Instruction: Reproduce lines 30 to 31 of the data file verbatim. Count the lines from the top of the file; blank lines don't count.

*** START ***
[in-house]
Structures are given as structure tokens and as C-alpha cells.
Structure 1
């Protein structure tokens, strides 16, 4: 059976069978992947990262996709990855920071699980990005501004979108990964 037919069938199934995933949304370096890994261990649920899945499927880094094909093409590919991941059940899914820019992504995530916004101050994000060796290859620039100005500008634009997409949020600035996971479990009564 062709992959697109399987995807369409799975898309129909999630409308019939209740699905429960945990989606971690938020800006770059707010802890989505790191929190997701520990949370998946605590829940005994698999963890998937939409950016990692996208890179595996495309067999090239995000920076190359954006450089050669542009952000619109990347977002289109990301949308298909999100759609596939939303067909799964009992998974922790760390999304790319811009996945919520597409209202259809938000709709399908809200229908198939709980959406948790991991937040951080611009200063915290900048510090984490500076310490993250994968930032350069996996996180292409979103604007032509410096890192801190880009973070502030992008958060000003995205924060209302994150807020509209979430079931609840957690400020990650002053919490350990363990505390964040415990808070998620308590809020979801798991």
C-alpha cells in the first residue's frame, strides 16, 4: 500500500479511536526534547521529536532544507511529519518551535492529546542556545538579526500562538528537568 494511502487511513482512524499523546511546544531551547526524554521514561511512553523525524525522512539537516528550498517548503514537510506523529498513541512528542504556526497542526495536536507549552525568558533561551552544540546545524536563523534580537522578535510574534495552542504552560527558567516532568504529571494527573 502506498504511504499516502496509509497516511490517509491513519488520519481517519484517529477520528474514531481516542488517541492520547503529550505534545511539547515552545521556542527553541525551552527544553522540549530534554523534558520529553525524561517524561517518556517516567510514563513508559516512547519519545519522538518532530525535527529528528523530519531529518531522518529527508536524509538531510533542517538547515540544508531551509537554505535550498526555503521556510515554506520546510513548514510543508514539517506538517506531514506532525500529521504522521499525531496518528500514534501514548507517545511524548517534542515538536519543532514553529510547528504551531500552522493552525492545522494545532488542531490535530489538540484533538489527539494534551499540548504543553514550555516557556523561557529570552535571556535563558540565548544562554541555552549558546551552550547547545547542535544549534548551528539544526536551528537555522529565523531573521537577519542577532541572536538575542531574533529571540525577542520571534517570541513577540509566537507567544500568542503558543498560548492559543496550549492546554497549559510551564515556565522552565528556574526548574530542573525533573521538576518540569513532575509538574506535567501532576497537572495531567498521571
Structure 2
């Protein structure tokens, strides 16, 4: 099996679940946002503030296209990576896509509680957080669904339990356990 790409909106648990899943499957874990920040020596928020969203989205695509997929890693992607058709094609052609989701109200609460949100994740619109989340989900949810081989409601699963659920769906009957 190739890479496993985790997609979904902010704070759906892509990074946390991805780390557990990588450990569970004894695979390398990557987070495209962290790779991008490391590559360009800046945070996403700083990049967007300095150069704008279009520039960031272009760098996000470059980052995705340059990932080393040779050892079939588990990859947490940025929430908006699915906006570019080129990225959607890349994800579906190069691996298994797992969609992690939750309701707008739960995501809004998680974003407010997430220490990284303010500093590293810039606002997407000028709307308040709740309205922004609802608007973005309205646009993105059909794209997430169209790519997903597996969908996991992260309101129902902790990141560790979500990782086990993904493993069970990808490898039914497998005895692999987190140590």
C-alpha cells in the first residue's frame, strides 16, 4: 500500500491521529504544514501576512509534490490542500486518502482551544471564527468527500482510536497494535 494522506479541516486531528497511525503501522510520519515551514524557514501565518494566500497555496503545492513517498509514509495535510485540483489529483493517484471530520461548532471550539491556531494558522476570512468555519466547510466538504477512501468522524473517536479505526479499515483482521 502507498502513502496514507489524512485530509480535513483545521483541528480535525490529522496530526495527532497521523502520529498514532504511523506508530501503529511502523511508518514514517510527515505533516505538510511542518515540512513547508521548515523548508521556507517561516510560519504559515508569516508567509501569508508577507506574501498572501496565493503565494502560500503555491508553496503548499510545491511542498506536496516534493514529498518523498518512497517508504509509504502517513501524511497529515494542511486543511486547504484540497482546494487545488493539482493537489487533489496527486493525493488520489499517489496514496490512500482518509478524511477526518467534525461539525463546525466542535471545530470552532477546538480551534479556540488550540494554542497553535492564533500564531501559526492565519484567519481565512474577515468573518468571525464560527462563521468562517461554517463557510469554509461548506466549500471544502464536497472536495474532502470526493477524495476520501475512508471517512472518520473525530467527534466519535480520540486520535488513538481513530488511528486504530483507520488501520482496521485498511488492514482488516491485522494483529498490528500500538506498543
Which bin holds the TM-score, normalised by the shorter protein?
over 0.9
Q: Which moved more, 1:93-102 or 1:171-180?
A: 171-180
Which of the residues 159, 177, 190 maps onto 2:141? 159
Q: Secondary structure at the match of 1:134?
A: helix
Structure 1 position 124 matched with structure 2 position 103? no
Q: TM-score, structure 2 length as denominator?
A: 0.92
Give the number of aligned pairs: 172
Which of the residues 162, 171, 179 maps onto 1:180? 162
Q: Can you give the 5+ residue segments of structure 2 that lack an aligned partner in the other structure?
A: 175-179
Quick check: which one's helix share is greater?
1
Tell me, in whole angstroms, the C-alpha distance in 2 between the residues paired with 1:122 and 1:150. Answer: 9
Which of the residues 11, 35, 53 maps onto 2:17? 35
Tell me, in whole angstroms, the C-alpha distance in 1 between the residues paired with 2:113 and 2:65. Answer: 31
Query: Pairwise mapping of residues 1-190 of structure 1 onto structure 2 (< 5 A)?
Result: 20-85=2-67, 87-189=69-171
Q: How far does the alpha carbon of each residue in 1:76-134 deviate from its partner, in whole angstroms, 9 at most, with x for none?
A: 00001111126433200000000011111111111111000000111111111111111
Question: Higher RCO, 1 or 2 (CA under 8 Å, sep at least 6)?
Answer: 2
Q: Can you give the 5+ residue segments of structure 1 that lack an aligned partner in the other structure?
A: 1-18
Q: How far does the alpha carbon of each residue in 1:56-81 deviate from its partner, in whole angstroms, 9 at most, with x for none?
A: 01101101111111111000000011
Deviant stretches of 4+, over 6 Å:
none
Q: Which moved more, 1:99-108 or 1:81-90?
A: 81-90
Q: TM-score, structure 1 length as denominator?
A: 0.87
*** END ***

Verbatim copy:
Q: How far does the alpha carbon of each residue in 1:76-134 deviate from its partner, in whole angstroms, 9 at most, with x for none?
A: 00001111126433200000000011111111111111000000111111111111111